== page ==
The men and women in my family

 

The men in my family are rugged men,
with hands callused from the poetry they write for the softer women they love.
With hearts that pound like door knocks of the police,
they dance to the beat of their own drums.
We care not for the fragile women who pose with square jaws,
with toxic feminist rhetoric,
ad-nauseum, unoriginal dogma,
that looks down on the tradition of their ancestors.
I’d love to see them with their bright red lipstick,
walk mountain plains,
to fetch a pale of water,
to wring clothes by hand,
knurled knuckles to pomegranate blood red,
in rivers where streams would take you and never surface you again.
I’d like to see how they’d hold the fort as their husbands left with no guarantee of return,
to fight invaders for months on end,
and not make a single complaint.
I can’t wait to see the army of perfectly functional children they raise into men and women of integrity and honour,
and do it with grace after losing just as many in still births or death.
I know one woman, well into her late eighties,
a matriarch of sorts, who’s buried more children than she’s raised and never has an ode belonging to feminists passed her lips, but raise your brow to her if you dare and wait for her palm to remind you of who you really are as it jolts your jaw into place.
If our men are anything, it’s because the women were just as much.
The men in my family are rugged men, real men,
men with unbreakable spirits who bow only to God,
but with hearts of lambs,
they settle easily into their wives caress, because they  are soft like that.
The men in my family all die young,
because their hearts beat  beyond the capacity of normal hearts,
but they leave real women behind.
Women who don’t need false ideologies to show them how to stand up on their own two feet because their men have already embraced them with tenderness of olive branches.
The men in my family, rugged and harsh as they may be,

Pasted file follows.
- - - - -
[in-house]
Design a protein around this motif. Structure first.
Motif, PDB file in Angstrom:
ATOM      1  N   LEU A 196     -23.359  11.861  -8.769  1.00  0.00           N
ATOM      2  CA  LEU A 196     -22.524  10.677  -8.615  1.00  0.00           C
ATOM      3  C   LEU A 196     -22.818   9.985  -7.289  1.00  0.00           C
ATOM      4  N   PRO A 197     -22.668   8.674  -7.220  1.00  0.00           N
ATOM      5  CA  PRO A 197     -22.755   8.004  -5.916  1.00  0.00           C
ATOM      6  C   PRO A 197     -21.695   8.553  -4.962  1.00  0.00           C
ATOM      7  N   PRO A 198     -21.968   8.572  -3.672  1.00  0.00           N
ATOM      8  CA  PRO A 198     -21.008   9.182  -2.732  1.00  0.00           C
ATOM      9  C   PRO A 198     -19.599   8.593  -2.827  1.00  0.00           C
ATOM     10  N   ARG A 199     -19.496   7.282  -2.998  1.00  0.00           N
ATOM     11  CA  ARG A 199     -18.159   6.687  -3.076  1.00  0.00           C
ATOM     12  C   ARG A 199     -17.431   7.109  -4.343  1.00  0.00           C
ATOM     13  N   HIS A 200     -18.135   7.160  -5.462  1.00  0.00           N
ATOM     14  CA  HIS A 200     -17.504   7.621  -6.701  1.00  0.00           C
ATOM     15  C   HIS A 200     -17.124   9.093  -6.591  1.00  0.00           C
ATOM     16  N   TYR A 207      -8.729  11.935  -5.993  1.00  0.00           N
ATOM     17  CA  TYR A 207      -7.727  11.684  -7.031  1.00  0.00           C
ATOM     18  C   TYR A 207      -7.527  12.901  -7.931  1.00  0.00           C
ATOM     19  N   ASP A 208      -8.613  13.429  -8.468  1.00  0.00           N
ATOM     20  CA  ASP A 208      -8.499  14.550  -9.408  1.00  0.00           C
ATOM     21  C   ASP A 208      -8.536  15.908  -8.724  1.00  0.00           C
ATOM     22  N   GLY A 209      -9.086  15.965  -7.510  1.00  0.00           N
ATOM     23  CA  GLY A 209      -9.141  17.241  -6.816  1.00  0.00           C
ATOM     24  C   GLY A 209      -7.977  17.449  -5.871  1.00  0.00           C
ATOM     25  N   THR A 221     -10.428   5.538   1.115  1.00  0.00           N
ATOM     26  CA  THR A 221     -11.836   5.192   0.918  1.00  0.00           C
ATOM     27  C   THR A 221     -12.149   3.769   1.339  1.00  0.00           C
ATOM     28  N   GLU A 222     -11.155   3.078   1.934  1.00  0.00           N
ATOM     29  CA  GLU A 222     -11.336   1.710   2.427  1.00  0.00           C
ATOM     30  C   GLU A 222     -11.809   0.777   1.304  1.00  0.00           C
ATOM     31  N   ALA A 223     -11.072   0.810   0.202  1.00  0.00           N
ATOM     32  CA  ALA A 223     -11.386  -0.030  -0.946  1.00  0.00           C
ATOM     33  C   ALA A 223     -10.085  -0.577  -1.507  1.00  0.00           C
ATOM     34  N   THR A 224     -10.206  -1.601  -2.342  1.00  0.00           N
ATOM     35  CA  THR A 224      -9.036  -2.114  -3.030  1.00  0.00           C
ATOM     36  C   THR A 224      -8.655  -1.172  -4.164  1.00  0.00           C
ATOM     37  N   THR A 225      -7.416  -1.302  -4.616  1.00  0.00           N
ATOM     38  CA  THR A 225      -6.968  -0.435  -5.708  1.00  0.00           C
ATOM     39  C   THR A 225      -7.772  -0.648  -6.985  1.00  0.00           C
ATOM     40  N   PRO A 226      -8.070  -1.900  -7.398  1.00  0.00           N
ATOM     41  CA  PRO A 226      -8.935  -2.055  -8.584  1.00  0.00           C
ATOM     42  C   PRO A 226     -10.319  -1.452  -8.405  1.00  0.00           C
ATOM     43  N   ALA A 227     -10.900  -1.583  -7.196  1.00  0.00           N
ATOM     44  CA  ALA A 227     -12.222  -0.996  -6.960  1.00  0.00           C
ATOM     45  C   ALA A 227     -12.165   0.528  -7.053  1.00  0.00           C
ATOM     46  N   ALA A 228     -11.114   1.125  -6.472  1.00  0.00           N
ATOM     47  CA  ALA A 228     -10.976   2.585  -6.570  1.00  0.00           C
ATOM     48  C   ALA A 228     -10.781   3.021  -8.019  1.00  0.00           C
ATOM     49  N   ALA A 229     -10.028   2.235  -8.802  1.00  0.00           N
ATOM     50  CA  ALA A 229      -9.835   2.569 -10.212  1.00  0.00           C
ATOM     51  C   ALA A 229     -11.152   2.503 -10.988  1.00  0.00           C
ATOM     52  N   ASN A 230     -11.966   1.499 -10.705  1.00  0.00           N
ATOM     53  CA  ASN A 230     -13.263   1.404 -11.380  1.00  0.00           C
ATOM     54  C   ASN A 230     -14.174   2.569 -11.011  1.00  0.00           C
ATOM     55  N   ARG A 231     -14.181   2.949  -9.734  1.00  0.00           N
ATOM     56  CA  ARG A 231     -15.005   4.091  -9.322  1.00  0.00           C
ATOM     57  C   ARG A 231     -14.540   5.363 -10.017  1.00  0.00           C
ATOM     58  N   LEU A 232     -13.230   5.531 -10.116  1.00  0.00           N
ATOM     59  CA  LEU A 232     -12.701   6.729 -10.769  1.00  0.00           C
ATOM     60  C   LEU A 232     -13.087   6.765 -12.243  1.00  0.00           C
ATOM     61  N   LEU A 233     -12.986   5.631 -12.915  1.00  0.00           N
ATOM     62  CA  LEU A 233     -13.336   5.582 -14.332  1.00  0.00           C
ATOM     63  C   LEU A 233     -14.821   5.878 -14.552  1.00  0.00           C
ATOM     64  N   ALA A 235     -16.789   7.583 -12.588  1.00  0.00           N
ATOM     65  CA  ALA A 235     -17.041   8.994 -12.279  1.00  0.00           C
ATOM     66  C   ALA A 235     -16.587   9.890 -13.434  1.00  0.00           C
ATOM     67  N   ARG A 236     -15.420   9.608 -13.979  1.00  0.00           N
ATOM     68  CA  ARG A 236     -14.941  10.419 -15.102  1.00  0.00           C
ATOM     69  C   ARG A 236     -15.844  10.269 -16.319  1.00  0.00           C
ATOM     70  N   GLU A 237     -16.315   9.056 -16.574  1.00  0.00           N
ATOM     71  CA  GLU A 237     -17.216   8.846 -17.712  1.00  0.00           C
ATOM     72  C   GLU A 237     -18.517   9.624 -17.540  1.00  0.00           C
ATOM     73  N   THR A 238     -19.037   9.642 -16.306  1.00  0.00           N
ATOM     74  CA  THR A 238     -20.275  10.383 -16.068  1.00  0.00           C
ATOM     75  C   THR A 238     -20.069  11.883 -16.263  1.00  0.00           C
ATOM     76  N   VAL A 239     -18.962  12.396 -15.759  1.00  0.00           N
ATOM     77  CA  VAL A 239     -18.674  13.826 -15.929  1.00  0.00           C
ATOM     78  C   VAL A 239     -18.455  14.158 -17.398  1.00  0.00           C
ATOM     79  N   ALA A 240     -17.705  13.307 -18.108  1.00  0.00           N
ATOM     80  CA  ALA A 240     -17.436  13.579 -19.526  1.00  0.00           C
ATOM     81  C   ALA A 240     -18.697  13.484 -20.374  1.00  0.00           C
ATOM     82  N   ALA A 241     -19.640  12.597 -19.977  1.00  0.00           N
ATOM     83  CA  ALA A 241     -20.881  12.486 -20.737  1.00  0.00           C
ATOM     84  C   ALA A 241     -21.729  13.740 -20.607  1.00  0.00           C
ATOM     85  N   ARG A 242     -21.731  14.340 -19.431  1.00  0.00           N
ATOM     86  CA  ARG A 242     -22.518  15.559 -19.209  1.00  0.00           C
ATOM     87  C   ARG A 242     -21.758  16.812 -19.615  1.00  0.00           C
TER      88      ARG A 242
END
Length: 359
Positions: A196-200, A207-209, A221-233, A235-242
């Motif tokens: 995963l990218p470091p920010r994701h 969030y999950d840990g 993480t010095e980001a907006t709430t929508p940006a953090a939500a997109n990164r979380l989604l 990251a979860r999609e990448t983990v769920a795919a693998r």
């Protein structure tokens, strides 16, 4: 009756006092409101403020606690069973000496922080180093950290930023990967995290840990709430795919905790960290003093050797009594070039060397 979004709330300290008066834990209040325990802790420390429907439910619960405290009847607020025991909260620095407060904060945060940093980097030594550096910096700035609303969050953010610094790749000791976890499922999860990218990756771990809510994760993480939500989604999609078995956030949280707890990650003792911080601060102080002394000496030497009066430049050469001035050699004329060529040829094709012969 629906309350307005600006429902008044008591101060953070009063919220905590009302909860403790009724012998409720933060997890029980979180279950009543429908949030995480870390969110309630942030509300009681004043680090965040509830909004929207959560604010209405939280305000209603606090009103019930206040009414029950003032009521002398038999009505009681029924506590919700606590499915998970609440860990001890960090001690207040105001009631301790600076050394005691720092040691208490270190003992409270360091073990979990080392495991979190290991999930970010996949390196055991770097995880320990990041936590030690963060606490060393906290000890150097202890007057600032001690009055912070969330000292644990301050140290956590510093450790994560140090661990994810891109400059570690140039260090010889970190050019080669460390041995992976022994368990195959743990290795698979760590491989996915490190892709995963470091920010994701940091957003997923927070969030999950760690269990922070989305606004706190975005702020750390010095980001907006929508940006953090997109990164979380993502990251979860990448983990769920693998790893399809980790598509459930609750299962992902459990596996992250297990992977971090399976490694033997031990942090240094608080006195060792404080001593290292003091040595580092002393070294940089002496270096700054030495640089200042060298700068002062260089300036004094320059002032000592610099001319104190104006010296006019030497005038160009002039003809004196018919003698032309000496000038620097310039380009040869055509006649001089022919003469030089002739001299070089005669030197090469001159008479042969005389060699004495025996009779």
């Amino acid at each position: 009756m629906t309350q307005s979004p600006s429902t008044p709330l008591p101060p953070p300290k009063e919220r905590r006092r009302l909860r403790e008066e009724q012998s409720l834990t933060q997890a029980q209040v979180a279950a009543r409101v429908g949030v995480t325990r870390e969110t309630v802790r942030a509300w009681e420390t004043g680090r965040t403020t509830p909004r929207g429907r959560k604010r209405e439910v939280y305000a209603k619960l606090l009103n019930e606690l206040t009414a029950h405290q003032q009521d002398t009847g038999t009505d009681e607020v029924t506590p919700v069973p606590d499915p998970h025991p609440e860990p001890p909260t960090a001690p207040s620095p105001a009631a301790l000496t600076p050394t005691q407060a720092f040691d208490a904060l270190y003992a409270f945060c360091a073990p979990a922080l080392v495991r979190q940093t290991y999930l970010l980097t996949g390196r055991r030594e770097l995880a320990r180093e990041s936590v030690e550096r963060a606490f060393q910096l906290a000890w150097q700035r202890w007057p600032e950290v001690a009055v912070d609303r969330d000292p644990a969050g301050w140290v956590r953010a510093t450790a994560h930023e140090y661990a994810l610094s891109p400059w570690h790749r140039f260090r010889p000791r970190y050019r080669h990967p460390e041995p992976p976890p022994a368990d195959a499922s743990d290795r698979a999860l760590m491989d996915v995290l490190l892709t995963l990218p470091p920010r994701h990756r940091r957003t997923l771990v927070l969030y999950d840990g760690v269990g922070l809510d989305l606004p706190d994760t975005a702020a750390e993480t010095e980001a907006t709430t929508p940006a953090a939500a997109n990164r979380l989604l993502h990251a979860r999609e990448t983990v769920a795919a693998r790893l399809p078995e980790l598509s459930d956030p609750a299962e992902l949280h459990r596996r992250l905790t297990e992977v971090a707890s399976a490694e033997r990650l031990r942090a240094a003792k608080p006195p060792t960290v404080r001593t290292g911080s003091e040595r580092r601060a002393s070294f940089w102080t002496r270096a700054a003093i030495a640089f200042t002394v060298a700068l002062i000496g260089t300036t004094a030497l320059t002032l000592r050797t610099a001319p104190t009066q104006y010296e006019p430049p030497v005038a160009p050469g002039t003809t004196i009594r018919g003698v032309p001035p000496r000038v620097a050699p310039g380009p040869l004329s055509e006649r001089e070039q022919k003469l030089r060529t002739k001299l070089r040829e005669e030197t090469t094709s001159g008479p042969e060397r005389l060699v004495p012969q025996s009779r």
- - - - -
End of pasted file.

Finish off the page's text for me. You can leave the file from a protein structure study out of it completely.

write poetry with their actions and their women never give them an excuse not to.
W.E.

#stigma

I can blue with the best of them,
or I can be blue with the worst of them,
the former, armour to cover the later.

But what of the man that can’t string his pain together in anything more poetic than a bottle or a fist?
What of the man that tries to get it out but tongue always ends up in a twist?
Does he beat his heart more furiously, hoping the world hears his silence or illiteracy, muteness or simplicity or is he denied the right to exist?
Because of social stigmas, ignorance of manhood, and checking him off all our conditioned lists?

W.E.

forging men


If we have any hope of survival into the generations that come,
a man’s body must be hardened through physical culture,
ironclad and reinforced through gruelling bellows,
he must commit to forging it.

Through the physical,
he taps into his mental and spiritual energies.

The body is the gateway for a man,
there is no other way into the portal of being,
except through these rigours.

Once admitted into the realm of himself,
he can make peace with his mind and soul,
his spirit can be calmed and nurtured.

It is incumbent on him to gain mastery over his mind,
which is in essence attached to his ego.
Knowledge if gained with arrogance is destructive,
and will deny him the fruits of completion.
Knowledge if not fortified with spiritual works,
will only lead to one’s detriment.

Spiritual works are the marks of sincerity and comprehension in a man.
They allow him to know their role,
know their place, know themselves,
and how they relate to the rest of humanity,
most importantly how they stand in front of God.

Spiritual works done with pride in the sense of self respect is admirable.
Spiritual works done with pride in the sense of arrogance or looking down on others is less fruitful than doing no spiritual works at all.